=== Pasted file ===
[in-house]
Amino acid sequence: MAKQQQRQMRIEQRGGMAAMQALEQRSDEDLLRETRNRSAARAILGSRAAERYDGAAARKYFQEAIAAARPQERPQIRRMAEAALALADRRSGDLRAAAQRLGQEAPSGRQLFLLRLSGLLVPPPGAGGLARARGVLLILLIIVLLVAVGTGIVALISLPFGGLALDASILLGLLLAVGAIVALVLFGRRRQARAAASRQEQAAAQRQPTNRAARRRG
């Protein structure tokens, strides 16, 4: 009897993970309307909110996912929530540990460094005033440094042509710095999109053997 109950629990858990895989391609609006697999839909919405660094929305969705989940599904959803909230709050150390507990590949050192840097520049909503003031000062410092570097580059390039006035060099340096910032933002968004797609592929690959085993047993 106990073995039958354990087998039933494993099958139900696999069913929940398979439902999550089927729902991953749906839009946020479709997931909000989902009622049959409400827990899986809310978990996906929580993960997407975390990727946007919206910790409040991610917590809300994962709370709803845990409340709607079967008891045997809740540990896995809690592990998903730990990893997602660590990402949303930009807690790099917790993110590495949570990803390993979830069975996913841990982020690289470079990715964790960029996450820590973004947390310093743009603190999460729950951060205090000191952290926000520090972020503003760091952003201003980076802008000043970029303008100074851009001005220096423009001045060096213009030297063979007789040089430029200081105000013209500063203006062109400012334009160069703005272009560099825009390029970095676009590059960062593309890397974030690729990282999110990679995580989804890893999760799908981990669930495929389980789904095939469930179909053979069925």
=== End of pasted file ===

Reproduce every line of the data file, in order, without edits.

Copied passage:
[in-house]
Amino acid sequence: MAKQQQRQMRIEQRGGMAAMQALEQRSDEDLLRETRNRSAARAILGSRAAERYDGAAARKYFQEAIAAARPQERPQIRRMAEAALALADRRSGDLRAAAQRLGQEAPSGRQLFLLRLSGLLVPPPGAGGLARARGVLLILLIIVLLVAVGTGIVALISLPFGGLALDASILLGLLLAVGAIVALVLFGRRRQARAAASRQEQAAAQRQPTNRAARRRG
């Protein structure tokens, strides 16, 4: 009897993970309307909110996912929530540990460094005033440094042509710095999109053997 109950629990858990895989391609609006697999839909919405660094929305969705989940599904959803909230709050150390507990590949050192840097520049909503003031000062410092570097580059390039006035060099340096910032933002968004797609592929690959085993047993 106990073995039958354990087998039933494993099958139900696999069913929940398979439902999550089927729902991953749906839009946020479709997931909000989902009622049959409400827990899986809310978990996906929580993960997407975390990727946007919206910790409040991610917590809300994962709370709803845990409340709607079967008891045997809740540990896995809690592990998903730990990893997602660590990402949303930009807690790099917790993110590495949570990803390993979830069975996913841990982020690289470079990715964790960029996450820590973004947390310093743009603190999460729950951060205090000191952290926000520090972020503003760091952003201003980076802008000043970029303008100074851009001005220096423009001045060096213009030297063979007789040089430029200081105000013209500063203006062109400012334009160069703005272009560099825009390029970095676009590059960062593309890397974030690729990282999110990679995580989804890893999760799908981990669930495929389980789904095939469930179909053979069925």